1. Chris Mellor 1

    In-array compute ....

    .... is not going to fly. If networked storage takes too long to access then bring it closer to the servers. Don't start putting servers in storage arrays; that's like putting a car's engine inside its petrol tank. If fuel takes too long to get to the engine bring the petrol tank closer to the engine. Simple.

    In-array compute is a dead duck, a dodo, an ostrich, a bird that isn't going to fly except in small market niches where buyers are array-centric in their approach rather than server-centric. To mix the metaphors, in-storage processing is for the birds.

    Is this view pot-smoking or realistic?


    1. Matt Bryant Silver badge

      Re: In-array compute ....

      Agreed, running applications on the array is not a good diea. And putting more storage in servers (such as flash) takes us back to the bad old days of DAS and its many problems - lack of redundancy; poor utilisation of disk; individual backups or swamping the network with a centralised backup; lack of centralised storage management; the DR risk of what happens when your one server (even if it is a grid across multiple servers) suffers as part of a site-wide outage; and bottlenecks in client access as they're all hitting one server. Whilst big monolithic arrays may seem dated, they still offer advantages in centralised data management, efficiencies in disk useage, ease of backup and (usually) redundancy and replication to DR sites. With the move to grid-like arrays with multiple controllers (and multiple protocols mixes such as FC, FCoE and iSCSI) the front-end bandwidth is improving, so rather than moving the engine or the petroltank, why not just increase the number and size of the pipes between them?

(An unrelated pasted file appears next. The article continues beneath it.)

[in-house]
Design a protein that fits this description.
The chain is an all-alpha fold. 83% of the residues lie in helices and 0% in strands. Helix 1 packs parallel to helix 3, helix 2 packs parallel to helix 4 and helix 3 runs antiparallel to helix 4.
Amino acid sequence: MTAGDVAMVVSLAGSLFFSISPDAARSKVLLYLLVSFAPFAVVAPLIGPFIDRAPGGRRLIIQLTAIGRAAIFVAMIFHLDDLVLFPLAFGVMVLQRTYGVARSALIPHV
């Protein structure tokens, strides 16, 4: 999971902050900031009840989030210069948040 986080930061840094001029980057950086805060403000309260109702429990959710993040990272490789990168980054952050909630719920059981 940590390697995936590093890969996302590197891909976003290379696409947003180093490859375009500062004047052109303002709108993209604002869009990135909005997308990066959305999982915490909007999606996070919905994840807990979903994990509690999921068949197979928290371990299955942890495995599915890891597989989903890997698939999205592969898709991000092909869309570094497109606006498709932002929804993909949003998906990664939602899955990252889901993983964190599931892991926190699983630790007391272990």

1. Denarius
        Thumb Up

        Re: In-array compute ....

        Matt, Chris,

        in general I agree for the following reasons

        (a) commoditisation of hardware does not seem to be slowing down. General purpose hardware performance is steadily improving to keep up with the more resource hungry tasks being thrown at it. Specialist kit is steadily shrinking outside of extreme high performance situations, once fads have passed.